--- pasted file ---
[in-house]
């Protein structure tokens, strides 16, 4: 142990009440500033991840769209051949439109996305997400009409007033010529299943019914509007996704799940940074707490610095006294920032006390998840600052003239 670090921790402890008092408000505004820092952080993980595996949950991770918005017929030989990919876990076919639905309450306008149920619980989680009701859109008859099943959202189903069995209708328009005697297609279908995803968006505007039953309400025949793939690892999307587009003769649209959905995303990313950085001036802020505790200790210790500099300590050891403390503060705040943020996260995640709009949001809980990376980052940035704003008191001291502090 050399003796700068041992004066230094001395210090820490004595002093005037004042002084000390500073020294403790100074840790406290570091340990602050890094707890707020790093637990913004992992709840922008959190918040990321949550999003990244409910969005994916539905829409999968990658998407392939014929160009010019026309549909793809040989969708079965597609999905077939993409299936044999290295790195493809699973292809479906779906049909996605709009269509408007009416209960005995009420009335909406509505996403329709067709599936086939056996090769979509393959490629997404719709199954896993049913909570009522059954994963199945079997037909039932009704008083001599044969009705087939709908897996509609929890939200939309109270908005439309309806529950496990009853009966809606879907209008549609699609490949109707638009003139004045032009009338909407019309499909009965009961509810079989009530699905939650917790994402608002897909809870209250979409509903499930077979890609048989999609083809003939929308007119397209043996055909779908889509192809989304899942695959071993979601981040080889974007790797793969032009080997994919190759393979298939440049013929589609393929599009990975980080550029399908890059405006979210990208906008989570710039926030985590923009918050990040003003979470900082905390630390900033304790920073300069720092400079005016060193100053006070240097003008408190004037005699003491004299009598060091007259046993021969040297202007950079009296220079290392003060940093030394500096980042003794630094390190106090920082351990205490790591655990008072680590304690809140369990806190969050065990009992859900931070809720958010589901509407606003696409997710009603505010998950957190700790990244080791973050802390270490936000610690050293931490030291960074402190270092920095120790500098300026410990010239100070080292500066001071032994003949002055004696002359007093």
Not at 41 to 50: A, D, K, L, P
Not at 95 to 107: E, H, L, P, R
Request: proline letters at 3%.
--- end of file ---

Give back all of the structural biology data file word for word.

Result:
[in-house]
């Protein structure tokens, strides 16, 4: 142990009440500033991840769209051949439109996305997400009409007033010529299943019914509007996704799940940074707490610095006294920032006390998840600052003239 670090921790402890008092408000505004820092952080993980595996949950991770918005017929030989990919876990076919639905309450306008149920619980989680009701859109008859099943959202189903069995209708328009005697297609279908995803968006505007039953309400025949793939690892999307587009003769649209959905995303990313950085001036802020505790200790210790500099300590050891403390503060705040943020996260995640709009949001809980990376980052940035704003008191001291502090 050399003796700068041992004066230094001395210090820490004595002093005037004042002084000390500073020294403790100074840790406290570091340990602050890094707890707020790093637990913004992992709840922008959190918040990321949550999003990244409910969005994916539905829409999968990658998407392939014929160009010019026309549909793809040989969708079965597609999905077939993409299936044999290295790195493809699973292809479906779906049909996605709009269509408007009416209960005995009420009335909406509505996403329709067709599936086939056996090769979509393959490629997404719709199954896993049913909570009522059954994963199945079997037909039932009704008083001599044969009705087939709908897996509609929890939200939309109270908005439309309806529950496990009853009966809606879907209008549609699609490949109707638009003139004045032009009338909407019309499909009965009961509810079989009530699905939650917790994402608002897909809870209250979409509903499930077979890609048989999609083809003939929308007119397209043996055909779908889509192809989304899942695959071993979601981040080889974007790797793969032009080997994919190759393979298939440049013929589609393929599009990975980080550029399908890059405006979210990208906008989570710039926030985590923009918050990040003003979470900082905390630390900033304790920073300069720092400079005016060193100053006070240097003008408190004037005699003491004299009598060091007259046993021969040297202007950079009296220079290392003060940093030394500096980042003794630094390190106090920082351990205490790591655990008072680590304690809140369990806190969050065990009992859900931070809720958010589901509407606003696409997710009603505010998950957190700790990244080791973050802390270490936000610690050293931490030291960074402190270092920095120790500098300026410990010239100070080292500066001071032994003949002055004696002359007093």
Not at 41 to 50: A, D, K, L, P
Not at 95 to 107: E, H, L, P, R
Request: proline letters at 3%.